by Hector of the Black Height
Not so long ago, but longer than most, when the land was old as old, and the wisdom of the North whispered in the wind, the King of the Middle sent his beloved children beyond the Inland Sea, to claim the lands of the North for the Dragon Throne, and to rule them as his Regents, the first Prince and Princess of Ealdormere. This they did most willingly, for they were exceeding brave and dutiful. They gathered their retinue and made the hazardous trek to the southern shores of the Inland Sea, then set sail for the far shores, to take hold of the lands granted them.
They landed on the edge of the most beautiful land in all the world, and the Prince and Princess led the charge of their gallant band ashore, for they sought to explore the marvels set before them. This the party did, and in twos and threes they all disappeared into the inland forests, and along the sparkling beaches. The Prince and Princess strolled through the woods and along the shore, marvelling at the grandeur of the trees, the sparkle of the sunlight glistering on the water, and the lush richness of the hillsides. They marvelled and wandered until, before they knew it, night was falling. It was too late to go back to their berth along the shore, and the trees were casting their huge shadows across the forest paths, so the Regents of the North curled together under a tree and settled for sleep, under the sparkle of the seven stars.
The night was clear, and the Princess soon stirred from slumber, for her feet were cold. She reached beside her to her beloved Prince and pulled a warm cover across her feet, and soon was asleep, under the sparkle of the seven stars.
The night was still clear, and the Princess again stirred from slumber, for the ground was hard. She reached beside her to her beloved Prince and pulled a rolled-up tabard under her head as a pillow and soon was asleep, under the sparkle of the seven stars.
The night was still clear, and the Princess again stirred from slumber, for her shoulders were cold. She reached beside her to her beloved Prince and pulled a great cloak about her, and finally she slept soundly, under the sparkle of the seven stars.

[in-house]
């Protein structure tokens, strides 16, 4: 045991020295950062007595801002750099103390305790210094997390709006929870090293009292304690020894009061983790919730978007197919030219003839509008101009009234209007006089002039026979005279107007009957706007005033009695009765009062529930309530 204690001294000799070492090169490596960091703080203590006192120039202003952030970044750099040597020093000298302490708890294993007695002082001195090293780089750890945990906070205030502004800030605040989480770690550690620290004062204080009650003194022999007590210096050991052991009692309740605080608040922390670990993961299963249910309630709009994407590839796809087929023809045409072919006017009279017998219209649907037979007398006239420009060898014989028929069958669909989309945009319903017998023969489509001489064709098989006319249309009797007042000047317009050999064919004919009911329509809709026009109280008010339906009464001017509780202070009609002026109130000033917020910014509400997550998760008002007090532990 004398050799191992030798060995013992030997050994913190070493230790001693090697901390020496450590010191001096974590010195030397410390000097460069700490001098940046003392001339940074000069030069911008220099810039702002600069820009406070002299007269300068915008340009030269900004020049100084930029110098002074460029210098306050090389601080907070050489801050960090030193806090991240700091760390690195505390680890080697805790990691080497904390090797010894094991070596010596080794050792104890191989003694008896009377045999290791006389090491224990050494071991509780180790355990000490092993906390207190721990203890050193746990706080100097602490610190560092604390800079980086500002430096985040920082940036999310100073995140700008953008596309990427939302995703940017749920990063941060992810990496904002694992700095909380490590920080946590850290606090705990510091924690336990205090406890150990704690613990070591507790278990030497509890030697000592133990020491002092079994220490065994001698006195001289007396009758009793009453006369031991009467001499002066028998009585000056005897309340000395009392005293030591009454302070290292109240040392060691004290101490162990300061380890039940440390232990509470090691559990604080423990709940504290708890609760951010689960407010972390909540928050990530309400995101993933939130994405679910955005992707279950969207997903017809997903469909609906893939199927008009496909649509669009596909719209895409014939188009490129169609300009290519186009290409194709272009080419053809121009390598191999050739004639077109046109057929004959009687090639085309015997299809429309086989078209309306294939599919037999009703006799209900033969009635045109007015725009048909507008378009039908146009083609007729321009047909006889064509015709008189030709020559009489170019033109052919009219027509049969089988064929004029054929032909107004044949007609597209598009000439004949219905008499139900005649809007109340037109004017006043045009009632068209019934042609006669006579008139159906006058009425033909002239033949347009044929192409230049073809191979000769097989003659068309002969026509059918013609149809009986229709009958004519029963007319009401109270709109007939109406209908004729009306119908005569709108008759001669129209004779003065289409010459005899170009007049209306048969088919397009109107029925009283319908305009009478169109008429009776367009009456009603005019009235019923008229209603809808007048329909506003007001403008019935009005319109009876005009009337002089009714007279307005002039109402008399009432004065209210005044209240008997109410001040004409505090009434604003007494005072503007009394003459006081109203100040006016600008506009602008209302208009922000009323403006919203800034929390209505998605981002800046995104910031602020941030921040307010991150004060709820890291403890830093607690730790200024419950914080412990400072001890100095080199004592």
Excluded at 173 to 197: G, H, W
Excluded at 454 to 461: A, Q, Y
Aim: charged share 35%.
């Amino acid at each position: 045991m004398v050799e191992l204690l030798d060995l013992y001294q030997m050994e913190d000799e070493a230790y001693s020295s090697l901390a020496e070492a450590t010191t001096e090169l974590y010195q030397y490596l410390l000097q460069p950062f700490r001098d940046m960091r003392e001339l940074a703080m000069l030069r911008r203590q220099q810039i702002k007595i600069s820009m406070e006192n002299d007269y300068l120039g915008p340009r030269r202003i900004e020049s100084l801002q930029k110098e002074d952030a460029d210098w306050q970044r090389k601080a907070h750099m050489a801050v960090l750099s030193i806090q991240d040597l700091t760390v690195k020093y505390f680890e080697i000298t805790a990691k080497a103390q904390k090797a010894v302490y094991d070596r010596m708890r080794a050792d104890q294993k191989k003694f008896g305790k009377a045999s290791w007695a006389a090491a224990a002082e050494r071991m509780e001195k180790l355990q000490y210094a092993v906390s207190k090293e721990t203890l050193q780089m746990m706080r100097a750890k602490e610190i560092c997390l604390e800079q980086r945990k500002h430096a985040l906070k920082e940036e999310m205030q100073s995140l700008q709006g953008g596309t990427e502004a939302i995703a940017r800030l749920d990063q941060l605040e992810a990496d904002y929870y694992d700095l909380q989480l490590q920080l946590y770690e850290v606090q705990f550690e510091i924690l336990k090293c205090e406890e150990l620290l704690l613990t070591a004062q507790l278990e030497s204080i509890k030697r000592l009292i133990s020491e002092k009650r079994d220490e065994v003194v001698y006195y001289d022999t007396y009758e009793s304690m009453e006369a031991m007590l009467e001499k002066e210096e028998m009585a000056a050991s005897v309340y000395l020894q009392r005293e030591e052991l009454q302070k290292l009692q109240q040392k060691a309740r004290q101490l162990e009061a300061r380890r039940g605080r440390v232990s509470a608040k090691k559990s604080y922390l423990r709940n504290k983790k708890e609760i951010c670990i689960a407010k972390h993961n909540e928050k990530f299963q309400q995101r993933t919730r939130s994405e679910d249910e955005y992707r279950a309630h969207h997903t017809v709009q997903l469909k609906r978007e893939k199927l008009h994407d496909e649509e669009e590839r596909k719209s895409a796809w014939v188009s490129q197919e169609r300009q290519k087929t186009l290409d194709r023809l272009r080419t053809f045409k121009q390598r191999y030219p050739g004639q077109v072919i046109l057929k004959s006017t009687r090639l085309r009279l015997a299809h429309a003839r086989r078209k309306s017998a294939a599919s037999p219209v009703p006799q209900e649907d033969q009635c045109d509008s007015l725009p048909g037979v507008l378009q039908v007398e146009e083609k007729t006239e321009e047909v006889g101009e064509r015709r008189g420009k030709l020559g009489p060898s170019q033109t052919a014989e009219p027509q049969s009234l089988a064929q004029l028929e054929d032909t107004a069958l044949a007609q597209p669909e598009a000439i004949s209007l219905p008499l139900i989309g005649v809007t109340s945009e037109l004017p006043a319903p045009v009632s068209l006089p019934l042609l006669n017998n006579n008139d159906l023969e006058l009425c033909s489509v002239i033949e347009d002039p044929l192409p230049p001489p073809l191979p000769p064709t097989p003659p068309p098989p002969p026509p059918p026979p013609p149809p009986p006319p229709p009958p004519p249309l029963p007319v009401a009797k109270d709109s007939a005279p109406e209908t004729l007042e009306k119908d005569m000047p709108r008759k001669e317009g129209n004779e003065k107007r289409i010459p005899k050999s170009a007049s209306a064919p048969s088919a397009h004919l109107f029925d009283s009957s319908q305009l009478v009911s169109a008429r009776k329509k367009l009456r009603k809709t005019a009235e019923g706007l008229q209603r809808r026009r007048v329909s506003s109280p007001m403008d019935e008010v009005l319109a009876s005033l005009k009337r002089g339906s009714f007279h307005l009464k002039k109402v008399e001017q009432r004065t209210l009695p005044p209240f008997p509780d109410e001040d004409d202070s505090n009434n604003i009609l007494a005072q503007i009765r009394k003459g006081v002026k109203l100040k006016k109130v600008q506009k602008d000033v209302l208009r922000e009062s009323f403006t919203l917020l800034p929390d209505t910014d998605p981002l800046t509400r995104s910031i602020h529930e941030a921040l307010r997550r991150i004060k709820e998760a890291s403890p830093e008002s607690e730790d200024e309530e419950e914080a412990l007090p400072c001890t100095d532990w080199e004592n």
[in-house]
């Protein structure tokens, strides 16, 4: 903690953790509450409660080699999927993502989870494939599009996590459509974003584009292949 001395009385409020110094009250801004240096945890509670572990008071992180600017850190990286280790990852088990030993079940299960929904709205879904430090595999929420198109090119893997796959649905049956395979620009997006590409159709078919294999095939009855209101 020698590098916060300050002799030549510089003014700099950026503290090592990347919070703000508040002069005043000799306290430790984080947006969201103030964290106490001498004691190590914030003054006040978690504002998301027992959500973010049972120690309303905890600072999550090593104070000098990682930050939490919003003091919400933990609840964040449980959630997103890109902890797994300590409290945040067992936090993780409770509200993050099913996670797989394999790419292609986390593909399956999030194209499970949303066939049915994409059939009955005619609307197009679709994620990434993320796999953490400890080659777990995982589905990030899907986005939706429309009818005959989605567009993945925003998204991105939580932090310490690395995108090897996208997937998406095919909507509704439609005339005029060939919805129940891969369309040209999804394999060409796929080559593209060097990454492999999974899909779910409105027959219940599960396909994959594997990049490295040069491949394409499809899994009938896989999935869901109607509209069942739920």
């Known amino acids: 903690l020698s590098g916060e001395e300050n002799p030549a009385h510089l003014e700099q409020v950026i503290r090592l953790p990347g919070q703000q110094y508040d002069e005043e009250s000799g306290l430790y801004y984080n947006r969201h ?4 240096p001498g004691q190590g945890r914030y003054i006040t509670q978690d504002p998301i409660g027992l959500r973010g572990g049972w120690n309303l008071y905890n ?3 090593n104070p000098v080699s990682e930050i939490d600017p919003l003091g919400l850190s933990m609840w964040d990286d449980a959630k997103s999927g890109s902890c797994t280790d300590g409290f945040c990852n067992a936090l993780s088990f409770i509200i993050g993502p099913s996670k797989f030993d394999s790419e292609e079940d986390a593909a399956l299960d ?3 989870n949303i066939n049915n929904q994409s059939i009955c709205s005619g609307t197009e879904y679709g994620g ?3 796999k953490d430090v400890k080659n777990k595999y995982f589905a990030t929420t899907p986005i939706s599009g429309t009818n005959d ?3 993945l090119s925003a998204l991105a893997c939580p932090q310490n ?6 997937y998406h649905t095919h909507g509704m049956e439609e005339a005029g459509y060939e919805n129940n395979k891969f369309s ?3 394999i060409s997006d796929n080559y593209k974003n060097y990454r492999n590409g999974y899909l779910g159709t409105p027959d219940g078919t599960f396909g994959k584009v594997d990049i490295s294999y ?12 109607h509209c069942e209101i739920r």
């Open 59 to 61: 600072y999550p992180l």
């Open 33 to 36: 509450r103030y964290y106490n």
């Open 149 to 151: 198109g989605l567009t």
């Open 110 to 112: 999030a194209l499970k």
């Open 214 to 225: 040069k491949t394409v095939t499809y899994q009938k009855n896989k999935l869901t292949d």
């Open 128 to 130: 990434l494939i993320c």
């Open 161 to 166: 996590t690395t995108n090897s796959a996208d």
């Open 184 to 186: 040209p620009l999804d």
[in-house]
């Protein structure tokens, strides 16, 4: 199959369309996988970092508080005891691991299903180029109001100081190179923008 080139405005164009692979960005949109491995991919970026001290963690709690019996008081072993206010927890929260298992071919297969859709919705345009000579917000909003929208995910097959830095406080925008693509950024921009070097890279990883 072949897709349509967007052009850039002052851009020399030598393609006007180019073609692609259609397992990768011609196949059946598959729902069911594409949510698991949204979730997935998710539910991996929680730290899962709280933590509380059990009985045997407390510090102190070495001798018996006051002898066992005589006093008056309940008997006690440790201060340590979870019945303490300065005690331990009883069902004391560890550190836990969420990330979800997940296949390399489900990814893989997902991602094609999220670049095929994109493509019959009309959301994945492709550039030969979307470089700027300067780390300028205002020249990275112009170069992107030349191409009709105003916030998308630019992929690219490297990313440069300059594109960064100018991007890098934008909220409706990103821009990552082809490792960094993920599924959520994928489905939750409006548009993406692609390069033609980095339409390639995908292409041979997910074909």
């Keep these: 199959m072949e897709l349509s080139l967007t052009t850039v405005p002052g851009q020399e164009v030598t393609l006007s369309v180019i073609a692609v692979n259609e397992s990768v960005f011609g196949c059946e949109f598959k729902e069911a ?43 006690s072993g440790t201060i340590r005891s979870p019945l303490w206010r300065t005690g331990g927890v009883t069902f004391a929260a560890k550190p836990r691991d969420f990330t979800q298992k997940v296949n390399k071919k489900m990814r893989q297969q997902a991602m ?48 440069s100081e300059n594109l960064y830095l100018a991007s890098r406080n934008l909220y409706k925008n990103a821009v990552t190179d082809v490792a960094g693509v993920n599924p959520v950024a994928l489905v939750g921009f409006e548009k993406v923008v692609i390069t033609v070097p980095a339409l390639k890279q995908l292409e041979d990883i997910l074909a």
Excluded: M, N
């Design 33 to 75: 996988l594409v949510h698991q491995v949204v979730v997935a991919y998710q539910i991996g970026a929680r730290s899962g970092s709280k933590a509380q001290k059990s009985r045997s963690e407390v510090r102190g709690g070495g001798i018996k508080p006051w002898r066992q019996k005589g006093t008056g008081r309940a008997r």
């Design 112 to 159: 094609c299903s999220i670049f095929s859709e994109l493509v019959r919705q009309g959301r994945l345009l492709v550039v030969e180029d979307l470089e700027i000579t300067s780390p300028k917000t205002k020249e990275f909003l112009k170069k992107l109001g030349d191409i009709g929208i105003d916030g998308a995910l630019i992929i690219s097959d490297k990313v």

Came the dawn, and the Prince rolled over to gaze upon his beloved in the first day of their Regency. He found her curled next to him, sound asleep, with a great bear lying across her feet, and a hare curled beneath her head, and a white wolf covering her body with its own. The three beasts saw their Prince awake, and as his eyes met theirs, they vanished into the forest. The Prince covered the Princess with his cloak, and waited her awakening.
When the Princess stirred from slumber, she smiled a smile as bright as the Northern sun across the snows, and told of the wonderful sleep she had enjoyed. Her Prince looked about her, and agreed this was a place of comfort and rest. She did not understand, when a wolf howled in the distance, why the Prince smiled a little smile at the sound, as they sat in the shade of the largest, tallest tree they had ever seen.
And so it is to this day, that her place of comfort and rest is still a place of dreams, for the place the Princess rested her head is the very spot where sits the centre of the high table in the Great Hall of Ealdormere, in the shade of the great maple by the Inland Sea.
This story first was published in The Book of the Reign of David And Tangwystl. A very early story (note the lack of references to the Ram of the fourth barony, Ramshaven). The references to "seven stars" refer to the arms of Duke Finnvarr de Taahe, who founded what became the Barony of Septentria. The seven stars can also be seen to refer to the constellation Orion, which in some versions of our Northern mythology has come to be called the constellation Ealdormere.
Copyright A. McLean 1991, 1998. All rights reserved.
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